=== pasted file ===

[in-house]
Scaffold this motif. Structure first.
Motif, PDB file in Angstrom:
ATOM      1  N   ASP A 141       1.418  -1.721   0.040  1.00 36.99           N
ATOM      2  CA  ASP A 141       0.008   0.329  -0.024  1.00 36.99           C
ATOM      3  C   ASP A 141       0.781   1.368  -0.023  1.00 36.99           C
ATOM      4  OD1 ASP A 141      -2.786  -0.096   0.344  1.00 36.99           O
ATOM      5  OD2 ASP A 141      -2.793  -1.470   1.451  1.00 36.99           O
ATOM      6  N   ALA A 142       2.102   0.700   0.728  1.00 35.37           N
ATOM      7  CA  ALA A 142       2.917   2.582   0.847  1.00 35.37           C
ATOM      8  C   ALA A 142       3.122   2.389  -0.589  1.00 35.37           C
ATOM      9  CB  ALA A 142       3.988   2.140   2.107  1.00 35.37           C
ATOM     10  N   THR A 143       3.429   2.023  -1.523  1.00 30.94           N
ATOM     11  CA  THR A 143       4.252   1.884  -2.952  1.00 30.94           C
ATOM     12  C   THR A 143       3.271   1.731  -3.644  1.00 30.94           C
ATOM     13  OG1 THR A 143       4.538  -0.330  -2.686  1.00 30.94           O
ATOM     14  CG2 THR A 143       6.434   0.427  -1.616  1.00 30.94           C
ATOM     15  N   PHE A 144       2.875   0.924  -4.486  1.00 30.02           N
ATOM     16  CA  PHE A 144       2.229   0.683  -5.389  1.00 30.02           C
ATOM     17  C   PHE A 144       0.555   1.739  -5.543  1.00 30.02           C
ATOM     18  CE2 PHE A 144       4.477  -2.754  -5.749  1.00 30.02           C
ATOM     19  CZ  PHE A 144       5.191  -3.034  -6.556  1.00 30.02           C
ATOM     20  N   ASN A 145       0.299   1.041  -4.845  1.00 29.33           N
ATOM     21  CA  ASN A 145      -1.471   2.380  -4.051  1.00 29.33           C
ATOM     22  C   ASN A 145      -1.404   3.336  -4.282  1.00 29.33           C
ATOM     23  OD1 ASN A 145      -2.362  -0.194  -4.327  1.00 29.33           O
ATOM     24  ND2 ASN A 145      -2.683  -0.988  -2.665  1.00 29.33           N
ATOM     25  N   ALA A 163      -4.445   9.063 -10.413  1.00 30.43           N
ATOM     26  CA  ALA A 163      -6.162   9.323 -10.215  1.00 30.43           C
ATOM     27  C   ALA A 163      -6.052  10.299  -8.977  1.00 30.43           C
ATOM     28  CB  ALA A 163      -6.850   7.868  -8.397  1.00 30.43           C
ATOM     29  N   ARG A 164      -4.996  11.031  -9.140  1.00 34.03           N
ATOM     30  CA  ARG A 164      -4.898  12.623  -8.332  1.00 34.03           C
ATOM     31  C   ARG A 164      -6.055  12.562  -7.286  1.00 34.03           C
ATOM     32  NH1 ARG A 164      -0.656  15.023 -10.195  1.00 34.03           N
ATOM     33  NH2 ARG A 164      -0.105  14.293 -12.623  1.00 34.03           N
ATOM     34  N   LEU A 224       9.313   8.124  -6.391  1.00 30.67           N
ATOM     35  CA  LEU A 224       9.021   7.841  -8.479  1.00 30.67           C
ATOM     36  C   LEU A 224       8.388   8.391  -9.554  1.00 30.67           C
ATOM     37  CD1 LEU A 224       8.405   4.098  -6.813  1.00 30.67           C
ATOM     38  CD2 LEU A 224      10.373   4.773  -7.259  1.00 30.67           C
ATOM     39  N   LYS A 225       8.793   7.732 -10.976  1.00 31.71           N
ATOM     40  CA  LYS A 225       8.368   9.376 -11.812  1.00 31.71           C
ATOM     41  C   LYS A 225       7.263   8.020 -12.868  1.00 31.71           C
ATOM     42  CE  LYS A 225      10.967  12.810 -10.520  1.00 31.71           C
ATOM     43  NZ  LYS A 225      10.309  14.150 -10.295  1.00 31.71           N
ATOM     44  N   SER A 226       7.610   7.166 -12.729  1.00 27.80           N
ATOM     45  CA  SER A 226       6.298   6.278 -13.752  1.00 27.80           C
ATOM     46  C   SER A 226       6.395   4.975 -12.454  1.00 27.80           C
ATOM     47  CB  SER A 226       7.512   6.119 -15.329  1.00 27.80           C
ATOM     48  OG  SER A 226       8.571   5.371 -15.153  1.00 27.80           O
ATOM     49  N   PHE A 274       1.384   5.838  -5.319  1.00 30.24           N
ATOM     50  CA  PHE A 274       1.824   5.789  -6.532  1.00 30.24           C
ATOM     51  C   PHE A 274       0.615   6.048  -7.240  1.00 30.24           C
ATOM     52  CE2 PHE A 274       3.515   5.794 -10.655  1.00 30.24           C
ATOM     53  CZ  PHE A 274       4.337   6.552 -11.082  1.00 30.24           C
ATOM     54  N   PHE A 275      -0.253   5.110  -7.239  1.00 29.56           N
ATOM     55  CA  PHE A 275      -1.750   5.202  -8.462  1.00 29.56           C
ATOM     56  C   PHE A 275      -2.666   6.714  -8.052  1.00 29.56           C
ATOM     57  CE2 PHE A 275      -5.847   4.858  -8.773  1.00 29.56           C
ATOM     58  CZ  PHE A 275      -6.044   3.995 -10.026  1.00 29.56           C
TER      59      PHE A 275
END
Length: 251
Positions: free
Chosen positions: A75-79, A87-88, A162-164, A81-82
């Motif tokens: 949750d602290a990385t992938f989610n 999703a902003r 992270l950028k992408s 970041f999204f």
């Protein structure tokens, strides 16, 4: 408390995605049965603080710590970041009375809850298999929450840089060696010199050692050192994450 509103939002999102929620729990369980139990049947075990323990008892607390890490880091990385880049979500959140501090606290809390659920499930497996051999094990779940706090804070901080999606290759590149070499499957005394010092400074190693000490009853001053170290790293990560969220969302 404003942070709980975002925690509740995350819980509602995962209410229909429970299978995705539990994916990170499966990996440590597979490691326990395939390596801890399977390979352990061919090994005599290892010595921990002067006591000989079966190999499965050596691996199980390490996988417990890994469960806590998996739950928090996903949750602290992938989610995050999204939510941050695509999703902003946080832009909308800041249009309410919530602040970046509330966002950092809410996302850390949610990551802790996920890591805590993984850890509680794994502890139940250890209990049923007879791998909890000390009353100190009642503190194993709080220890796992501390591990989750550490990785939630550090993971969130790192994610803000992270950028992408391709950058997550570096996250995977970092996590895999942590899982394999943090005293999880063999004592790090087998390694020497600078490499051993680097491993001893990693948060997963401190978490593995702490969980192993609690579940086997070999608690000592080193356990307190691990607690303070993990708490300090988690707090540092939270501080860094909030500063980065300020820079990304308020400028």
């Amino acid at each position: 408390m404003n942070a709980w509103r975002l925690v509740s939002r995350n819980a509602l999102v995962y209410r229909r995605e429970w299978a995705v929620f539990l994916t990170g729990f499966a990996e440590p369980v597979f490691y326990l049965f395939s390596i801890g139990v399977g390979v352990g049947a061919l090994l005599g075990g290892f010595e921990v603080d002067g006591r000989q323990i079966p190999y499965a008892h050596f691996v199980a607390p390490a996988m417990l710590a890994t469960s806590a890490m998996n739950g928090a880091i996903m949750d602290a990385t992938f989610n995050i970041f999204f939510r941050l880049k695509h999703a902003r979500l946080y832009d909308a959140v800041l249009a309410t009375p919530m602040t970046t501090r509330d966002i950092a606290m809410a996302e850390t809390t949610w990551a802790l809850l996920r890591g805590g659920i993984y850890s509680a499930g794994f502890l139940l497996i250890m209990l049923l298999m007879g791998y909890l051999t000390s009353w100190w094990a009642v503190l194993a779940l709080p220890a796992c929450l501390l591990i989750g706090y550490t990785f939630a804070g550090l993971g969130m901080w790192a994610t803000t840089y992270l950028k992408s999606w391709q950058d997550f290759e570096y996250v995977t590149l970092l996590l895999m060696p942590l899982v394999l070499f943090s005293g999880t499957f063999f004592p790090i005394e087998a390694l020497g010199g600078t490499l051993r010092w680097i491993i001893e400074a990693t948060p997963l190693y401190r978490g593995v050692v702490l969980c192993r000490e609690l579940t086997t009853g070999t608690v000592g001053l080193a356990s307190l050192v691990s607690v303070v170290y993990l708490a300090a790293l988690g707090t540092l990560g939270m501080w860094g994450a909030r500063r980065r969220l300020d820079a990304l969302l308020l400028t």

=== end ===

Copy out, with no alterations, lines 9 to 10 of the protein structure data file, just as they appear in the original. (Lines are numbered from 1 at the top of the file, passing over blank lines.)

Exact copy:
ATOM      6  N   ALA A 142       2.102   0.700   0.728  1.00 35.37           N
ATOM      7  CA  ALA A 142       2.917   2.582   0.847  1.00 35.37           C